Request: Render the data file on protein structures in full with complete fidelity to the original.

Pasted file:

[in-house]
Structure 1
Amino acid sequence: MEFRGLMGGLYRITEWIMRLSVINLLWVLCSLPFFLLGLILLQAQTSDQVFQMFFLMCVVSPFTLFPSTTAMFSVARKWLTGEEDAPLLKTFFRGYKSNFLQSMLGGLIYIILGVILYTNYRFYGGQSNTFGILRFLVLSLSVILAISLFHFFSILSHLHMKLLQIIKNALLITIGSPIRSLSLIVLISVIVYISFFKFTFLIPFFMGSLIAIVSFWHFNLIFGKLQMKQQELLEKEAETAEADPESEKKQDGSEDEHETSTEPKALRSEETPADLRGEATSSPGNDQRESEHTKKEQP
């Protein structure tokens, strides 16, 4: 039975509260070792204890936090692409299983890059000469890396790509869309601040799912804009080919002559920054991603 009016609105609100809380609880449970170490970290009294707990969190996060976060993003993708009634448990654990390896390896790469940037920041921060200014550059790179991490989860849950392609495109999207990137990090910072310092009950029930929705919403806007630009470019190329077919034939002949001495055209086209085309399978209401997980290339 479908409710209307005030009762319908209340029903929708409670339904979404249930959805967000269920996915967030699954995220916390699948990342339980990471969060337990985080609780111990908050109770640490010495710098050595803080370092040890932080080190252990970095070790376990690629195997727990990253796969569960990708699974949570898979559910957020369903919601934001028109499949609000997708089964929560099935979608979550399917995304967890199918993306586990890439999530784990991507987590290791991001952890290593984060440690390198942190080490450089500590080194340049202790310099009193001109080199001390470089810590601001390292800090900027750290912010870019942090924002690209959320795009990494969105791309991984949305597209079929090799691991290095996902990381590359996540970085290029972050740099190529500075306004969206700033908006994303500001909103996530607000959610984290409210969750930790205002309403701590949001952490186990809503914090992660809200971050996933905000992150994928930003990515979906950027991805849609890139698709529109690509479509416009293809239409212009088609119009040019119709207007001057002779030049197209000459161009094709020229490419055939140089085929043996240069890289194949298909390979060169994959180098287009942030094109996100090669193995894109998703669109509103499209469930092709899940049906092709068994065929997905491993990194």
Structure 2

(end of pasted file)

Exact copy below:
[in-house]
Structure 1
Amino acid sequence: MEFRGLMGGLYRITEWIMRLSVINLLWVLCSLPFFLLGLILLQAQTSDQVFQMFFLMCVVSPFTLFPSTTAMFSVARKWLTGEEDAPLLKTFFRGYKSNFLQSMLGGLIYIILGVILYTNYRFYGGQSNTFGILRFLVLSLSVILAISLFHFFSILSHLHMKLLQIIKNALLITIGSPIRSLSLIVLISVIVYISFFKFTFLIPFFMGSLIAIVSFWHFNLIFGKLQMKQQELLEKEAETAEADPESEKKQDGSEDEHETSTEPKALRSEETPADLRGEATSSPGNDQRESEHTKKEQP
């Protein structure tokens, strides 16, 4: 039975509260070792204890936090692409299983890059000469890396790509869309601040799912804009080919002559920054991603 009016609105609100809380609880449970170490970290009294707990969190996060976060993003993708009634448990654990390896390896790469940037920041921060200014550059790179991490989860849950392609495109999207990137990090910072310092009950029930929705919403806007630009470019190329077919034939002949001495055209086209085309399978209401997980290339 479908409710209307005030009762319908209340029903929708409670339904979404249930959805967000269920996915967030699954995220916390699948990342339980990471969060337990985080609780111990908050109770640490010495710098050595803080370092040890932080080190252990970095070790376990690629195997727990990253796969569960990708699974949570898979559910957020369903919601934001028109499949609000997708089964929560099935979608979550399917995304967890199918993306586990890439999530784990991507987590290791991001952890290593984060440690390198942190080490450089500590080194340049202790310099009193001109080199001390470089810590601001390292800090900027750290912010870019942090924002690209959320795009990494969105791309991984949305597209079929090799691991290095996902990381590359996540970085290029972050740099190529500075306004969206700033908006994303500001909103996530607000959610984290409210969750930790205002309403701590949001952490186990809503914090992660809200971050996933905000992150994928930003990515979906950027991805849609890139698709529109690509479509416009293809239409212009088609119009040019119709207007001057002779030049197209000459161009094709020229490419055939140089085929043996240069890289194949298909390979060169994959180098287009942030094109996100090669193995894109998703669109509103499209469930092709899940049906092709068994065929997905491993990194």
Structure 2